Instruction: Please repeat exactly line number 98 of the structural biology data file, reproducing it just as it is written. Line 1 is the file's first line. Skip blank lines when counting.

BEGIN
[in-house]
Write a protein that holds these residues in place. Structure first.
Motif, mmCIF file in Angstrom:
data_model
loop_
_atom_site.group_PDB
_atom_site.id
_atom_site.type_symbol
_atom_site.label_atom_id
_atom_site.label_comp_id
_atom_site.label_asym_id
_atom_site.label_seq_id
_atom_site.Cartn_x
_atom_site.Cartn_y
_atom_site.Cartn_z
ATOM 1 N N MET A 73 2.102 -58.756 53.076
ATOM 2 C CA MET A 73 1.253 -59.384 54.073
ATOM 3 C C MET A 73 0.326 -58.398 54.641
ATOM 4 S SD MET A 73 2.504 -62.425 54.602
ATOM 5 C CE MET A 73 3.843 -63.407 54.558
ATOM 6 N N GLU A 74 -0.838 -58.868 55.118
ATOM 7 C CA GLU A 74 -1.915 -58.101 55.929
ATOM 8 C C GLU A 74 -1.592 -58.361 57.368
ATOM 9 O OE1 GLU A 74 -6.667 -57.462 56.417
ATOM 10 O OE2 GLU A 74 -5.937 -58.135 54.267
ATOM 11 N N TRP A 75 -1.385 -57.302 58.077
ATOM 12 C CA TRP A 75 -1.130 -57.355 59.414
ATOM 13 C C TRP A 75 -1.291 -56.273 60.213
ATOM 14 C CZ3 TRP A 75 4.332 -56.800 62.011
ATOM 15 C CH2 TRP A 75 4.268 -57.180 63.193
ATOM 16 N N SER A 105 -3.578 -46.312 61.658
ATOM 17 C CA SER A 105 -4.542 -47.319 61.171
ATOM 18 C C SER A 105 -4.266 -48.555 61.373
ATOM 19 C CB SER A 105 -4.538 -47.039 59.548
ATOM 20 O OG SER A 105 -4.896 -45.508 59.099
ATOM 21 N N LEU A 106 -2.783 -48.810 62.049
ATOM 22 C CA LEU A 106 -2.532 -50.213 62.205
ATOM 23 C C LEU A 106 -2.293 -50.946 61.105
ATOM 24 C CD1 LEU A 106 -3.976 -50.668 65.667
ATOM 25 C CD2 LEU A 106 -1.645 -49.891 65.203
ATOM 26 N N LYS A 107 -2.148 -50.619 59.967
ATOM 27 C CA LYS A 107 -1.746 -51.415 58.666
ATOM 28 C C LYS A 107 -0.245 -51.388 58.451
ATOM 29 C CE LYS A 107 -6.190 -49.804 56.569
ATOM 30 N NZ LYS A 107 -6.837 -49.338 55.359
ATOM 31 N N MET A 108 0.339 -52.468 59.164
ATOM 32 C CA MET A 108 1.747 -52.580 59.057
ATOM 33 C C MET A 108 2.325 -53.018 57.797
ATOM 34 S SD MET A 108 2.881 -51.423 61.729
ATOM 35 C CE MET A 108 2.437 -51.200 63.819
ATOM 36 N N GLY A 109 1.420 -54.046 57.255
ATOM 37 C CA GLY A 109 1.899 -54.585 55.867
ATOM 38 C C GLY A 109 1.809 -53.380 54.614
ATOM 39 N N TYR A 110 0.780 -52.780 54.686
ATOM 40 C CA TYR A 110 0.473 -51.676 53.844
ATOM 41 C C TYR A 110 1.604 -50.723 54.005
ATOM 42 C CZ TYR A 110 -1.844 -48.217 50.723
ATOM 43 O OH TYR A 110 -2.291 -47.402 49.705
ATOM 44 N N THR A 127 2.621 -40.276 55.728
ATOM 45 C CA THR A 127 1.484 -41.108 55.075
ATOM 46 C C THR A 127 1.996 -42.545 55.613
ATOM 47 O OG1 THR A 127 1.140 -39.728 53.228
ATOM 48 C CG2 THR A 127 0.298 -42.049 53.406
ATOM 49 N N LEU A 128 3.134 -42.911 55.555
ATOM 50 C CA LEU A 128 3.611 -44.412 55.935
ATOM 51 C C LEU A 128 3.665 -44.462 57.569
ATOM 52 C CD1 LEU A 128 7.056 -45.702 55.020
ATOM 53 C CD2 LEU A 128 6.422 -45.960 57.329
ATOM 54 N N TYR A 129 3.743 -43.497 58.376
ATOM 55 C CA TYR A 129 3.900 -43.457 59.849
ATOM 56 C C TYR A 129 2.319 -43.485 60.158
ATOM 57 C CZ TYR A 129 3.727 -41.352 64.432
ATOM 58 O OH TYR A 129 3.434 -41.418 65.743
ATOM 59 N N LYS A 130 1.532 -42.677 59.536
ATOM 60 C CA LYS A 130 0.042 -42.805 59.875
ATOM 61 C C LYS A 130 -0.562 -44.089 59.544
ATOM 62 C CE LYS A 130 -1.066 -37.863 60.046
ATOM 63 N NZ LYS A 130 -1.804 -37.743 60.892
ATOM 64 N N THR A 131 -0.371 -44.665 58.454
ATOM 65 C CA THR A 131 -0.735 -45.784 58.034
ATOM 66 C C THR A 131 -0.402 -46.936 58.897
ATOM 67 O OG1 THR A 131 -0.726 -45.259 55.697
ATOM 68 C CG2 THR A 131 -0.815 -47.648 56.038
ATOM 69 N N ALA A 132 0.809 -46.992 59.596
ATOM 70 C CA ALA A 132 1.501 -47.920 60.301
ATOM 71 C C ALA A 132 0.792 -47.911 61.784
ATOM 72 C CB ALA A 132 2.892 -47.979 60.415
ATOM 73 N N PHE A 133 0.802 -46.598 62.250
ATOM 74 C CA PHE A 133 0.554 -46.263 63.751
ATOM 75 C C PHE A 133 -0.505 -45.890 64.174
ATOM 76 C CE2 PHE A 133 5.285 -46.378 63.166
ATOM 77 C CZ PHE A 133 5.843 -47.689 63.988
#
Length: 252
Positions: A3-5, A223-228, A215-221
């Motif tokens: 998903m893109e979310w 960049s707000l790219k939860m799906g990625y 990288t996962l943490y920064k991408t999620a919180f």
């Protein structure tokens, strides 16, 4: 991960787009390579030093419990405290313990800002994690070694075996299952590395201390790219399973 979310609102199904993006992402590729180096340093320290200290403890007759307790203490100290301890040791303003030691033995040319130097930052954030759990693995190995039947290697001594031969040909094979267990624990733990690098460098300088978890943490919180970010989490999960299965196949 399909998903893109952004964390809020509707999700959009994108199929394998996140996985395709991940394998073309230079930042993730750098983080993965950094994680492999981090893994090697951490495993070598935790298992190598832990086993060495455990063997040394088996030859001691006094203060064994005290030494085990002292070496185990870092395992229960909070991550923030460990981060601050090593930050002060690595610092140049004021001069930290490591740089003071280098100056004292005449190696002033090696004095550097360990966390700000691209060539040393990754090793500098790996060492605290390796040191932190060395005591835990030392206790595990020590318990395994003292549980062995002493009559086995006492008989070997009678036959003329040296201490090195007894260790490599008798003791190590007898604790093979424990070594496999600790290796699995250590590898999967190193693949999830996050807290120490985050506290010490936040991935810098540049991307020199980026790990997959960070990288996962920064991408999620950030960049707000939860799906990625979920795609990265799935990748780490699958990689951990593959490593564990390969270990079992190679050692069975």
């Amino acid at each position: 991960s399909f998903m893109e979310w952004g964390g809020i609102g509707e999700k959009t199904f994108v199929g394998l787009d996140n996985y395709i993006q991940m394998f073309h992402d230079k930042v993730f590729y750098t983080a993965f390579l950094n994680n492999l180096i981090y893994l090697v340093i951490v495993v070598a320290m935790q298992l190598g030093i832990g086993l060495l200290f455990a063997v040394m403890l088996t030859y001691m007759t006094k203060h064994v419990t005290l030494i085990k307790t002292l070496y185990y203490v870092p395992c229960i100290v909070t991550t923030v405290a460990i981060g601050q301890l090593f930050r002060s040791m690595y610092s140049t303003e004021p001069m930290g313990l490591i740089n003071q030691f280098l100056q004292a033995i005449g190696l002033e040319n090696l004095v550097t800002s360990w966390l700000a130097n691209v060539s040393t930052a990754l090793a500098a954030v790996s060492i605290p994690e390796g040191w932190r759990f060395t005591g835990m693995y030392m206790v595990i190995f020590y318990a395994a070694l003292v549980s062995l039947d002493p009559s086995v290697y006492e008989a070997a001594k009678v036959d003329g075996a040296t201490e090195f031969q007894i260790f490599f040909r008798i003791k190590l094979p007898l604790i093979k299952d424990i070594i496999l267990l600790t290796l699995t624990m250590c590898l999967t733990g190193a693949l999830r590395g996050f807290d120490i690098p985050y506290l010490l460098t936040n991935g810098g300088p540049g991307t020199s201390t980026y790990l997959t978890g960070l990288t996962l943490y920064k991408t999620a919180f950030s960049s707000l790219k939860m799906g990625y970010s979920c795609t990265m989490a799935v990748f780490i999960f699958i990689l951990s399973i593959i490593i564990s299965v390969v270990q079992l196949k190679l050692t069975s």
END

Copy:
């Amino acid at each position: 991960s399909f998903m893109e979310w952004g964390g809020i609102g509707e999700k959009t199904f994108v199929g394998l787009d996140n996985y395709i993006q991940m394998f073309h992402d230079k930042v993730f590729y750098t983080a993965f390579l950094n994680n492999l180096i981090y893994l090697v340093i951490v495993v070598a320290m935790q298992l190598g030093i832990g086993l060495l200290f455990a063997v040394m403890l088996t030859y001691m007759t006094k203060h064994v419990t005290l030494i085990k307790t002292l070496y185990y203490v870092p395992c229960i100290v909070t991550t923030v405290a460990i981060g601050q301890l090593f930050r002060s040791m690595y610092s140049t303003e004021p001069m930290g313990l490591i740089n003071q030691f280098l100056q004292a033995i005449g190696l002033e040319n090696l004095v550097t800002s360990w966390l700000a130097n691209v060539s040393t930052a990754l090793a500098a954030v790996s060492i605290p994690e390796g040191w932190r759990f060395t005591g835990m693995y030392m206790v595990i190995f020590y318990a395994a070694l003292v549980s062995l039947d002493p009559s086995v290697y006492e008989a070997a001594k009678v036959d003329g075996a040296t201490e090195f031969q007894i260790f490599f040909r008798i003791k190590l094979p007898l604790i093979k299952d424990i070594i496999l267990l600790t290796l699995t624990m250590c590898l999967t733990g190193a693949l999830r590395g996050f807290d120490i690098p985050y506290l010490l460098t936040n991935g810098g300088p540049g991307t020199s201390t980026y790990l997959t978890g960070l990288t996962l943490y920064k991408t999620a919180f950030s960049s707000l790219k939860m799906g990625y970010s979920c795609t990265m989490a799935v990748f780490i999960f699958i990689l951990s399973i593959i490593i564990s299965v390969v270990q079992l196949k190679l050692t069975s």